Advertisers In China Are Getting Burned, Too

China has a reputation in the U.S. as a haven for click-fraud artists. Now, Chinese advertisers say they, too, have fallen victim to the proliferating racket.

In August, Chinese advertisers carrying placards even staged a small demonstration in front of the Beijing office of (BIDU ), China's top search engine. Leading the protest was Dr. Liu Wenhua, director of the Beijing Zhongbei Cancer Medical Research Center. Liu claims that his center, which advertises its services online, has suffered from fraudulent clicks on its ads on a Baidu-affiliated music and entertainment site. Baidu has offered a refund, Liu says, but he turned it down, preferring to take Baidu to court. "I'm not satisfied," the doctor says.

Zhang Xinwei, a partner with the Beijing Hetong Law Office, represents Liu and four other advertisers that also have sued Baidu, alleging fraud. "The problem is very serious," says Zhang. Another plaintiff, Land of Maples Tourism & Culture Exchange, a Beijing travel agency specializing in trips to Canada, has hired a different lawyer. Steven Donne, who runs the agency, says he became suspicious of a batch of 600 clicks this summer because they all came from one source. But Donne feared he wouldn't be able to prove click fraud, so his suit focuses on a claim that Baidu manipulates search results to punish certain advertisers. The legal cases are all in a preliminary stage.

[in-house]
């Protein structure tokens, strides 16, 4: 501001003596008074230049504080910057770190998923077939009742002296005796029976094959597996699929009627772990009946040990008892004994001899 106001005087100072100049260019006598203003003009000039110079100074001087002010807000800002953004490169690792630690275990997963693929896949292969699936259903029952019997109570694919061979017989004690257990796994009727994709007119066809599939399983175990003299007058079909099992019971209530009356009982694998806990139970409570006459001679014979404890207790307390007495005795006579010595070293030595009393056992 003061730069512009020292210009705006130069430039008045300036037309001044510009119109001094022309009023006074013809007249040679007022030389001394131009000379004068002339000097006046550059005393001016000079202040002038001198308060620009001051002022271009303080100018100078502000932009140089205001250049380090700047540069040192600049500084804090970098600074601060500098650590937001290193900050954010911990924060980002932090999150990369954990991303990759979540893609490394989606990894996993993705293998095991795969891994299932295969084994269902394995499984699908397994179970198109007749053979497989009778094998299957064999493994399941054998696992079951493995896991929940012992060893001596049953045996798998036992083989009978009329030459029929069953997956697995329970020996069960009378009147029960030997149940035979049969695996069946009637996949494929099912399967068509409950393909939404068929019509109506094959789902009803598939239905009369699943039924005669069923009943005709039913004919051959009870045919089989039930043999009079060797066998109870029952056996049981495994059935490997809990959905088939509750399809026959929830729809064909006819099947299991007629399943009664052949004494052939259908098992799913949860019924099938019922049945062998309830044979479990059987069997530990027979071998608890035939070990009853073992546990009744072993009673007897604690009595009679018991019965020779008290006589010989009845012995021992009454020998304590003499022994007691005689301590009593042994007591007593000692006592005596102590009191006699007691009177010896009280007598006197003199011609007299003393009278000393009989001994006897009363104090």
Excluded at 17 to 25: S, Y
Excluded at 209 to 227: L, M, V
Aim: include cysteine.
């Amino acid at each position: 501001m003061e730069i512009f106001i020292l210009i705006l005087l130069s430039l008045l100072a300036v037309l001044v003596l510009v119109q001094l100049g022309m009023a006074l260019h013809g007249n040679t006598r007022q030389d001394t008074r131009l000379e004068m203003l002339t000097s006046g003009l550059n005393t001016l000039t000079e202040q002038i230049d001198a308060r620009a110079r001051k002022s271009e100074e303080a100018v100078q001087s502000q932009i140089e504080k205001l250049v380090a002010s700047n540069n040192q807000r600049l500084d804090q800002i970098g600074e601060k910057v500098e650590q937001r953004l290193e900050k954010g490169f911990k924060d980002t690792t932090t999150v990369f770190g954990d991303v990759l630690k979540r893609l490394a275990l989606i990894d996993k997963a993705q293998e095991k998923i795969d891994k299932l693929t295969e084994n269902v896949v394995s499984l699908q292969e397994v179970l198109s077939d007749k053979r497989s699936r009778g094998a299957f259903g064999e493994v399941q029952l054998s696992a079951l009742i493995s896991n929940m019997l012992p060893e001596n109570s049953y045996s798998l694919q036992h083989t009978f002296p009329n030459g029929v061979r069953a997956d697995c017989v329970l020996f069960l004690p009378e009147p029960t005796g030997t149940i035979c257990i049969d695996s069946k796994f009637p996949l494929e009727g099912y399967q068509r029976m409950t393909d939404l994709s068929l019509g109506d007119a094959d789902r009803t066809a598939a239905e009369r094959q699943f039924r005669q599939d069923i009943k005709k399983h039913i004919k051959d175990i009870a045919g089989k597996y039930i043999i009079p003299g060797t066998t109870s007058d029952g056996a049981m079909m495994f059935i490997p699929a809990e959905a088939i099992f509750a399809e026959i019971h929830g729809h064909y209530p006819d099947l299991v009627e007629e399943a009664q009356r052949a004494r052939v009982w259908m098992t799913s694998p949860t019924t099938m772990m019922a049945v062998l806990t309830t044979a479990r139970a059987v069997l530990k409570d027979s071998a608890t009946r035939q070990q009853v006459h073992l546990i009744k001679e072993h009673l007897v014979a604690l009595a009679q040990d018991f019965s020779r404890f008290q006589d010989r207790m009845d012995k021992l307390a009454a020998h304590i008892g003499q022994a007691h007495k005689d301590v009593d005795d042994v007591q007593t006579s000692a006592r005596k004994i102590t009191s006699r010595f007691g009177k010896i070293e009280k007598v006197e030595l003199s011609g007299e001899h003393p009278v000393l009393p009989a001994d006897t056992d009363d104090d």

Baidu officials declined to comment but provided a statement denying any impropriety. "Baidu places the highest priority on preventing fraudulent clicks," it said. "We have set up numerous measures both through automated technology and manual efforts to prevent fraudulent clicks and the effectiveness of which [has] been verified by [an] independent third party.... We are, however, continuing to invest aggressively in safeguarding measures which will help ensure that our customers and users continue to have the best possible experience."

Despite such assurances, advertisers say concern is spreading. Executives at Analysys International, an info tech researcher in Beijing, noted earlier this year that clicks on its ads on Baidu soared without any uptick in business. In April alone, Analysys burned through one-third of its modest yearly online marketing budget of $3,800. "It was like crazy," says CEO Edward Yu.

This spring, Analysys conducted a survey of 2,000 online advertisers in China and found that one-third believe they have been click-fraud victims. Yu continues to patronize Google's (GOOG ) Chinese affiliate, but he has stopped buying advertising from Baidu and Yahoo (YHOO ) China, which is owned by Porter Erisman, a spokesman for Alibaba, said in an e-mail that "click fraud is a serious but manageable issue," adding that less than 0.01% of his company's customers have complained.

By Bruce Einhorn

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